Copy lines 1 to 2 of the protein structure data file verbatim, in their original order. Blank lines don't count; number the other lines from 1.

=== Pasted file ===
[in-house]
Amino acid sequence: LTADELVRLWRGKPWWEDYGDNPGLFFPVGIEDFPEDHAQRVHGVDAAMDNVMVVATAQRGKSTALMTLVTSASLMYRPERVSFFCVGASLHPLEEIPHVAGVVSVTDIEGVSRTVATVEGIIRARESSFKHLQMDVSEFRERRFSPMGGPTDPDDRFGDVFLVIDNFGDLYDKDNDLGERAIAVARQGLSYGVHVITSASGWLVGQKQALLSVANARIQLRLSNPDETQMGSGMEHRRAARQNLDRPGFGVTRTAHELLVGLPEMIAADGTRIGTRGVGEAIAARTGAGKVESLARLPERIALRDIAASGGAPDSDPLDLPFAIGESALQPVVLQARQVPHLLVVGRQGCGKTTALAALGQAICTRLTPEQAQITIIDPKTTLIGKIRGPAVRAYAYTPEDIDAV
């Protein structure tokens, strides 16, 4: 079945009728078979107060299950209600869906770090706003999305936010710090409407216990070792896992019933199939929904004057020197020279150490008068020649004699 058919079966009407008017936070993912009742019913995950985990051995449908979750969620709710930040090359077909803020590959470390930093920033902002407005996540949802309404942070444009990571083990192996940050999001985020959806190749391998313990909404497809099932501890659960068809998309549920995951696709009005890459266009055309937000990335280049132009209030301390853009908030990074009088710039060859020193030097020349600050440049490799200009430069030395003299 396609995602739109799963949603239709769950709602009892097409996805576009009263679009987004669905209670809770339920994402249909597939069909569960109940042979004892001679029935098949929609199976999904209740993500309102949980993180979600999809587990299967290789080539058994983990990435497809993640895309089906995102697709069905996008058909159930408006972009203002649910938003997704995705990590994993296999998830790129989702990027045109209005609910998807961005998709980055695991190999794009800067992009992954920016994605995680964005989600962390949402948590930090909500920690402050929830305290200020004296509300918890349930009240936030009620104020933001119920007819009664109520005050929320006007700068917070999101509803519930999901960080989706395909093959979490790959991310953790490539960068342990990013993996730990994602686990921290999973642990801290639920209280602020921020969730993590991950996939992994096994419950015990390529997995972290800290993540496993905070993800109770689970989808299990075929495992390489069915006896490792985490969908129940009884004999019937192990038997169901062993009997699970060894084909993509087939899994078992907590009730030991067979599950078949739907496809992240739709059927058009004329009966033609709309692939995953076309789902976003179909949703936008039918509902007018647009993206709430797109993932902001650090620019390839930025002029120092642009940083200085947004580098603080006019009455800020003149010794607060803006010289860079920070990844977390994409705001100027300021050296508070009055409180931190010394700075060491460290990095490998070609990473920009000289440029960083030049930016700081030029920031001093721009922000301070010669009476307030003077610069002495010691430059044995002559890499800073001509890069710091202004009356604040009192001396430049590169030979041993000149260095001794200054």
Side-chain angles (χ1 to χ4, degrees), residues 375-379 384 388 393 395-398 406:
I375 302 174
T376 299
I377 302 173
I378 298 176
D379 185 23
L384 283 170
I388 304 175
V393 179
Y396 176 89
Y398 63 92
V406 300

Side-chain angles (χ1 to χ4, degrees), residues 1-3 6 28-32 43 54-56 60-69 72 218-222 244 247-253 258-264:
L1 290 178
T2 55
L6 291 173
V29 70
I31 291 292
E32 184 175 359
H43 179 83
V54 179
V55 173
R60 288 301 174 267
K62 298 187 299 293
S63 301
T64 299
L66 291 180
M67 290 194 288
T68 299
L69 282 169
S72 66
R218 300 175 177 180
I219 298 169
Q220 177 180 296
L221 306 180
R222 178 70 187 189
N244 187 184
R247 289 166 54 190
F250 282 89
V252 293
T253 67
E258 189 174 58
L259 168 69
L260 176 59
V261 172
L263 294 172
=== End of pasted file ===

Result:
[in-house]
Amino acid sequence: LTADELVRLWRGKPWWEDYGDNPGLFFPVGIEDFPEDHAQRVHGVDAAMDNVMVVATAQRGKSTALMTLVTSASLMYRPERVSFFCVGASLHPLEEIPHVAGVVSVTDIEGVSRTVATVEGIIRARESSFKHLQMDVSEFRERRFSPMGGPTDPDDRFGDVFLVIDNFGDLYDKDNDLGERAIAVARQGLSYGVHVITSASGWLVGQKQALLSVANARIQLRLSNPDETQMGSGMEHRRAARQNLDRPGFGVTRTAHELLVGLPEMIAADGTRIGTRGVGEAIAARTGAGKVESLARLPERIALRDIAASGGAPDSDPLDLPFAIGESALQPVVLQARQVPHLLVVGRQGCGKTTALAALGQAICTRLTPEQAQITIIDPKTTLIGKIRGPAVRAYAYTPEDIDAV